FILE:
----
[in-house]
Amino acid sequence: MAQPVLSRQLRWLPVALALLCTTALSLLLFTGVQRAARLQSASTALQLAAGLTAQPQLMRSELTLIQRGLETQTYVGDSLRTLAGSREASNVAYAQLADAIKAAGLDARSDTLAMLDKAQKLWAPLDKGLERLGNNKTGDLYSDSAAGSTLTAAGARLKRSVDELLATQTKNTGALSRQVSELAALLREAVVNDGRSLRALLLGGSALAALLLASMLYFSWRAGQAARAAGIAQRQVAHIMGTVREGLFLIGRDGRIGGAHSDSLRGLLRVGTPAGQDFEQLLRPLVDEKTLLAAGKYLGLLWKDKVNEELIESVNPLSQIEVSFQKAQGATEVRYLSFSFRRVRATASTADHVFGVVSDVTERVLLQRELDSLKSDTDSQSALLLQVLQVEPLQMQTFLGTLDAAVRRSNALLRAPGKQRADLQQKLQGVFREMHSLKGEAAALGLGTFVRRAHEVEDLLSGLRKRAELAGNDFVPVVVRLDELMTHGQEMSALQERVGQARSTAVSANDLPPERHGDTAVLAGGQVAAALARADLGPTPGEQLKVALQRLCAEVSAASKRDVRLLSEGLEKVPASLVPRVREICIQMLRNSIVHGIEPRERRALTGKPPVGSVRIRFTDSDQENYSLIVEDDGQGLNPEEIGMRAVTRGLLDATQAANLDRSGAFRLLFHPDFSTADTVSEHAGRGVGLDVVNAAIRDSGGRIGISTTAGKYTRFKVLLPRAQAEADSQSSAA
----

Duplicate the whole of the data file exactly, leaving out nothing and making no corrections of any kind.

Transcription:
[in-house]
Amino acid sequence: MAQPVLSRQLRWLPVALALLCTTALSLLLFTGVQRAARLQSASTALQLAAGLTAQPQLMRSELTLIQRGLETQTYVGDSLRTLAGSREASNVAYAQLADAIKAAGLDARSDTLAMLDKAQKLWAPLDKGLERLGNNKTGDLYSDSAAGSTLTAAGARLKRSVDELLATQTKNTGALSRQVSELAALLREAVVNDGRSLRALLLGGSALAALLLASMLYFSWRAGQAARAAGIAQRQVAHIMGTVREGLFLIGRDGRIGGAHSDSLRGLLRVGTPAGQDFEQLLRPLVDEKTLLAAGKYLGLLWKDKVNEELIESVNPLSQIEVSFQKAQGATEVRYLSFSFRRVRATASTADHVFGVVSDVTERVLLQRELDSLKSDTDSQSALLLQVLQVEPLQMQTFLGTLDAAVRRSNALLRAPGKQRADLQQKLQGVFREMHSLKGEAAALGLGTFVRRAHEVEDLLSGLRKRAELAGNDFVPVVVRLDELMTHGQEMSALQERVGQARSTAVSANDLPPERHGDTAVLAGGQVAAALARADLGPTPGEQLKVALQRLCAEVSAASKRDVRLLSEGLEKVPASLVPRVREICIQMLRNSIVHGIEPRERRALTGKPPVGSVRIRFTDSDQENYSLIVEDDGQGLNPEEIGMRAVTRGLLDATQAANLDRSGAFRLLFHPDFSTADTVSEHAGRGVGLDVVNAAIRDSGGRIGISTTAGKYTRFKVLLPRAQAEADSQSSAA